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dc.contributor.advisorSharfman, Mark
dc.contributor.authorMcManus, Brandi
dc.date.accessioned2019-06-26T21:50:35Z
dc.date.available2019-06-26T21:50:35Z
dc.date.issued2019-08
dc.identifier.urihttps://hdl.handle.net/11244/320362
dc.description.abstractMergers and acquisitions rarely deliver on expectations, yet organizations continue to pursue these strategic decisions. Scholars have researched acquisitions extensively as decisions under risk (Kumar, Dixit, & Francis, 2015) but decision theorists define decisions under risk as decisions where alternatives come with known outcomes and probabilities. In real-world decisions, such as mergers and acquisitions, our knowledge of possible outcomes and their probabilities is rarely complete. Examining acquisitions as decisions under risk may have led researchers to incorrect conclusions or given an incomplete view of these critical strategic choices. In this research, I suggest that mergers and acquisitions are decisions made under ambiguity, or situations where outcomes and probabilities are only partially known (Knight, 1921; Raiffa, 1957; Takemura, 2014). Examining acquisitions as decisions under ambiguity may allow for further understanding of this phenomenon, as well as, how and why so many acquisitions fail. In this study, I conducted an initial qualitative study to identify and confirm sources of ambiguity. Using the information gained from study 1, I examined 140 acquisitions using archival data to study the relationship between ambiguity and acquisition performance. I also examined the role of the size of the acquisition and the decision-maker’s experience with acquisitions in this relationship.en_US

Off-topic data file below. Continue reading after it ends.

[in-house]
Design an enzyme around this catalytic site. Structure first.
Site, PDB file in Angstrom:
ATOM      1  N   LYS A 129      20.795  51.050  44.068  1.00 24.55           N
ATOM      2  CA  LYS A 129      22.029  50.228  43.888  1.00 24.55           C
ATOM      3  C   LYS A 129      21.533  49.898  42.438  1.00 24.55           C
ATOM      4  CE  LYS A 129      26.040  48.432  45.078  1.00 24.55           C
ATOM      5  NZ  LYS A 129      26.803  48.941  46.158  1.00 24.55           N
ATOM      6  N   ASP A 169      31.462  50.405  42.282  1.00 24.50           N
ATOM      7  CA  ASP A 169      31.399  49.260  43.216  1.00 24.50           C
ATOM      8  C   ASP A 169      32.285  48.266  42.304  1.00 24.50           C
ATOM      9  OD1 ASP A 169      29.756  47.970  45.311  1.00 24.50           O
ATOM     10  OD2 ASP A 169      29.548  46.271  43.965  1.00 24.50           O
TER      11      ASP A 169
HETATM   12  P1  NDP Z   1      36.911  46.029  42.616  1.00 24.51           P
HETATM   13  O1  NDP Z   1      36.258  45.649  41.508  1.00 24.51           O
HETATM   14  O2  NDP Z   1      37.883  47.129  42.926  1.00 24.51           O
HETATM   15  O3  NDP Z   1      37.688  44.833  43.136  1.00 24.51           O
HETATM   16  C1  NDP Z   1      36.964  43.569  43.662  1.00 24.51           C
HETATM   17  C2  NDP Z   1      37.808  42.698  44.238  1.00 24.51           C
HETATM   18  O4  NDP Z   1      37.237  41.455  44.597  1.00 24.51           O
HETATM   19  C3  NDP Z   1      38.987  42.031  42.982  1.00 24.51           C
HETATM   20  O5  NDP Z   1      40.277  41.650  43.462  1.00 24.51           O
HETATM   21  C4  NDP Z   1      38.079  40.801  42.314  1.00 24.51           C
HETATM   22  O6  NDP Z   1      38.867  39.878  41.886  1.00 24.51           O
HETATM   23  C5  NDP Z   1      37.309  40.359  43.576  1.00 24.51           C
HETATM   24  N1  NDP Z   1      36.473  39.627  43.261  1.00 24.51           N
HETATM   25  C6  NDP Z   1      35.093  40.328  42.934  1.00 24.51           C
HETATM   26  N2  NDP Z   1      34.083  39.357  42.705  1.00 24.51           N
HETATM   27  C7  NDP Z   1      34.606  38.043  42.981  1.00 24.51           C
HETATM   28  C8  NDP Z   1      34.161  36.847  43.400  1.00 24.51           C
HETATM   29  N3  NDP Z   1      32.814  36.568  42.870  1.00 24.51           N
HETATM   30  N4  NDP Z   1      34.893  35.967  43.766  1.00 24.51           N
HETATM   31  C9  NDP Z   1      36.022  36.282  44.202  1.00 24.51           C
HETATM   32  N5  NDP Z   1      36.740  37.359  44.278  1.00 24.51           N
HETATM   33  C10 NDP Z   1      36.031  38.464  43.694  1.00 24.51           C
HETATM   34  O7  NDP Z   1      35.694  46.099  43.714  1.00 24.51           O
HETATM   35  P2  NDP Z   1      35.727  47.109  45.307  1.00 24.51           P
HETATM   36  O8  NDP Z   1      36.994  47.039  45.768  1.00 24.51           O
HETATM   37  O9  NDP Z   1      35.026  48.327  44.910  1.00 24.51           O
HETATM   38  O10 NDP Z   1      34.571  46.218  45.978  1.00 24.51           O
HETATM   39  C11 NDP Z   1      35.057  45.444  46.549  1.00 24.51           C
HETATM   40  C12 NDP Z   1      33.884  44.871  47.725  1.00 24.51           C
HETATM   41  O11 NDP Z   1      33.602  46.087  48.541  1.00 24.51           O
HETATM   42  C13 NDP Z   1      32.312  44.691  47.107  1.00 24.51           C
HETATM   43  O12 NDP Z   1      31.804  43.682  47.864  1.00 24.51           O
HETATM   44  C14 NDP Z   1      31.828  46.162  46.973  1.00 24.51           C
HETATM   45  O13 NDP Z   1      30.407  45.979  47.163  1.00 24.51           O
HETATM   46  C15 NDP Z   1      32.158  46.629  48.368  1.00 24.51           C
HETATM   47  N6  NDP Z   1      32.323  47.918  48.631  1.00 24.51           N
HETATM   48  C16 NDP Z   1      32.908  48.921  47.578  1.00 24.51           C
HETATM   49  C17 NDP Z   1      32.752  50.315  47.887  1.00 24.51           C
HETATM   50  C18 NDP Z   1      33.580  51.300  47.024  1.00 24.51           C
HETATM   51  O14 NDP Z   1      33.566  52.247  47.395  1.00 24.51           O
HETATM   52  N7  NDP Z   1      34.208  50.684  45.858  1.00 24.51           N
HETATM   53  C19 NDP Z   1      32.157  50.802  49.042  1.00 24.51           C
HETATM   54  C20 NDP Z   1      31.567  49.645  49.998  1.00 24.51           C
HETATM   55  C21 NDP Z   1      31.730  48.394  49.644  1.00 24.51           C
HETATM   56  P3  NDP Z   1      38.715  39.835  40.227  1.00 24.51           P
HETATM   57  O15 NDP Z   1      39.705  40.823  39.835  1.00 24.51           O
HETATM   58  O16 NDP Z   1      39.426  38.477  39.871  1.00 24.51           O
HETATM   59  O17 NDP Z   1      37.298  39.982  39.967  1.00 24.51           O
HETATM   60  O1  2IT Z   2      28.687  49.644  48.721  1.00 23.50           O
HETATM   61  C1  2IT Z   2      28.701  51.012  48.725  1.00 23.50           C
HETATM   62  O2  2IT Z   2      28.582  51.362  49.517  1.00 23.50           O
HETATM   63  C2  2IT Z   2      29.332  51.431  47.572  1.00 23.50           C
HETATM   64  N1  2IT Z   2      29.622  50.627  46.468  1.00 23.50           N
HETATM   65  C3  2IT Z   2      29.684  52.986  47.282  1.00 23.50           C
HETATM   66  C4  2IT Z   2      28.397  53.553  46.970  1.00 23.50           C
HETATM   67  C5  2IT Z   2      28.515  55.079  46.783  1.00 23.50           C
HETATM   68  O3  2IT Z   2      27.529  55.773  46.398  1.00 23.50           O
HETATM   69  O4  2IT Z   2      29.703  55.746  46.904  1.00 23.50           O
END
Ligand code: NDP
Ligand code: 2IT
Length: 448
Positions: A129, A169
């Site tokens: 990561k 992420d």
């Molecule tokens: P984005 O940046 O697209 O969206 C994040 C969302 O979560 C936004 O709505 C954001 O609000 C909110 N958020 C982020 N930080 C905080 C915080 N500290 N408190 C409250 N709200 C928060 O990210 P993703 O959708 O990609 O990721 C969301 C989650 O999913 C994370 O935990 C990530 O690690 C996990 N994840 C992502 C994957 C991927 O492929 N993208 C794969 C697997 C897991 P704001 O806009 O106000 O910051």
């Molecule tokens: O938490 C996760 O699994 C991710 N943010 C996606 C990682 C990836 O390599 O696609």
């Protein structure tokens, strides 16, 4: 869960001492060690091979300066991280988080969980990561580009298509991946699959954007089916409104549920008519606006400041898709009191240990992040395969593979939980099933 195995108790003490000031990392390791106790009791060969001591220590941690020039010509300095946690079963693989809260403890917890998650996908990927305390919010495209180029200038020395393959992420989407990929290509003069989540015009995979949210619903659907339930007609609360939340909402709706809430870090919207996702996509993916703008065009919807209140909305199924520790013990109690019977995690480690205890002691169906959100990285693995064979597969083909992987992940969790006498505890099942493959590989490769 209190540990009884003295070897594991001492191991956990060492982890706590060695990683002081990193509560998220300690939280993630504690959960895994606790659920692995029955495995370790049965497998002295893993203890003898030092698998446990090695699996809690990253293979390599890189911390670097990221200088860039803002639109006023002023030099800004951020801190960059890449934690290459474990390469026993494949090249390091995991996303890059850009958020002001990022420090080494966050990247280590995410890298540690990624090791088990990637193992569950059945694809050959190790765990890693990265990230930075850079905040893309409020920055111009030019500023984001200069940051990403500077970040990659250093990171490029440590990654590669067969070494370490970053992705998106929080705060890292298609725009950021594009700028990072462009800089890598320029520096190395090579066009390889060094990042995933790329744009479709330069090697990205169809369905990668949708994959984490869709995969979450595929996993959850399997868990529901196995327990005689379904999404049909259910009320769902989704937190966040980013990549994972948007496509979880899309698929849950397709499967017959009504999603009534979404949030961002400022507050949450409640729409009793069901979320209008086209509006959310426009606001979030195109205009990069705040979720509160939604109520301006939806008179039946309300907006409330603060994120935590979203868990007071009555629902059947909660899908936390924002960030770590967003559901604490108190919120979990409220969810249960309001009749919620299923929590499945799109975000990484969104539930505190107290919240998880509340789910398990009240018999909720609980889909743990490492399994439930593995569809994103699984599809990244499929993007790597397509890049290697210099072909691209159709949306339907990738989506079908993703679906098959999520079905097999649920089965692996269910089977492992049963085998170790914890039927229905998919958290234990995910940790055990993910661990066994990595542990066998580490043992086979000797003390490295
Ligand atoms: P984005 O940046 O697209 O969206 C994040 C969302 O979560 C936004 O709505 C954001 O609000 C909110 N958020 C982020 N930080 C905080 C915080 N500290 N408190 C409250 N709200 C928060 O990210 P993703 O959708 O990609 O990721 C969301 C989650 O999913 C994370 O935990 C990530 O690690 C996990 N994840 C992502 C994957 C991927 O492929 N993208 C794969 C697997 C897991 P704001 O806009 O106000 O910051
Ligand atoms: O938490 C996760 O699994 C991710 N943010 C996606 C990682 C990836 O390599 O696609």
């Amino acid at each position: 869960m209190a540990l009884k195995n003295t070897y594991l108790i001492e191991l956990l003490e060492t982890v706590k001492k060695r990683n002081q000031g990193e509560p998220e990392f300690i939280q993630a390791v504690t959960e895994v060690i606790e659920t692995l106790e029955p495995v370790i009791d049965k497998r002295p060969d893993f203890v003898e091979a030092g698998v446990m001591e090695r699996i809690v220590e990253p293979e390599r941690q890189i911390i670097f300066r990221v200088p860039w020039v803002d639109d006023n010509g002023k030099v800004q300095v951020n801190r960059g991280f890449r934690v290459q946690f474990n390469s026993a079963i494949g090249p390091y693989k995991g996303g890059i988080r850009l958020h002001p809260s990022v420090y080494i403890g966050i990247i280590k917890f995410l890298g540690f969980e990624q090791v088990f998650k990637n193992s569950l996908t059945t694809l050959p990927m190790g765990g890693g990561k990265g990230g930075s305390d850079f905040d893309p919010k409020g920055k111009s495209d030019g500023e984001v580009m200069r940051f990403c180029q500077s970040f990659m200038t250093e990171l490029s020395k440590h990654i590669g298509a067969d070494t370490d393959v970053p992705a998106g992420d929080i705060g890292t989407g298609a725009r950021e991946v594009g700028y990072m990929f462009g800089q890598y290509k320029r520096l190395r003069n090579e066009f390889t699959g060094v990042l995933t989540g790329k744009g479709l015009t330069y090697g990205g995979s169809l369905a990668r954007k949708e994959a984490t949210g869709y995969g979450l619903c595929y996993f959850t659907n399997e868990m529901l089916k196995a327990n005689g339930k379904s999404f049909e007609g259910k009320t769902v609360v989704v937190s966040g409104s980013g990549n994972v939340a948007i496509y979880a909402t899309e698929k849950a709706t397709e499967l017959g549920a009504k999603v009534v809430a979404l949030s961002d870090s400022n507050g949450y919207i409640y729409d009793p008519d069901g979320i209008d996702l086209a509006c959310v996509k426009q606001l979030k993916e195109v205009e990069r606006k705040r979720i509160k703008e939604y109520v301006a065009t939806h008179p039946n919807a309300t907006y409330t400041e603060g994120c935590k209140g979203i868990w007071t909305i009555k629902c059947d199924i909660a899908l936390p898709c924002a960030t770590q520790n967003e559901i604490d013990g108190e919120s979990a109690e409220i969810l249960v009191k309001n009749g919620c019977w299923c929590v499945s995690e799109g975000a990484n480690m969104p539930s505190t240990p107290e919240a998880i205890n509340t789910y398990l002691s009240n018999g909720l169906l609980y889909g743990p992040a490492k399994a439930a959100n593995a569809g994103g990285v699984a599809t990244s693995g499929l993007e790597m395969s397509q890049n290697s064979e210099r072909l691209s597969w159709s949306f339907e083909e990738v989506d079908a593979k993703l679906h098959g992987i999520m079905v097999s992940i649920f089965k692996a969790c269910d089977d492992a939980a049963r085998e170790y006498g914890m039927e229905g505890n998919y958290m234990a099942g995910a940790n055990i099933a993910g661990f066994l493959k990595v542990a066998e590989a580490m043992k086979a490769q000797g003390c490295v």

dc.languageen_USen_US
dc.rightsAttribution-NonCommercial-NoDerivatives 4.0 International*
dc.rights.urihttp://creativecommons.org/licenses/by-nc-nd/4.0/*
dc.subjectStrategic Decision Makingen_US
dc.subjectMergers and Acquisitionsen_US
dc.subjectAmbiguityen_US
dc.subjectRisken_US
dc.titleTHE EFFECT OF AMBIGUITY IN THE PERFORMANCE OF MERGERS AND ACQUISITIONSen_US
dc.contributor.committeeMemberBolino, Mark
dc.contributor.committeeMemberShaffer, Margaret
dc.contributor.committeeMemberBradley, Bret
dc.contributor.committeeMemberChidabaram, Laku
dc.date.manuscript2019-04-16
dc.thesis.degreePh.D.en_US
ou.groupMichael F. Price College of Businessen_US
shareok.nativefileaccessrestricteden_US


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Attribution-NonCommercial-NoDerivatives 4.0 International
Except where otherwise noted, this item's license is described as Attribution-NonCommercial-NoDerivatives 4.0 International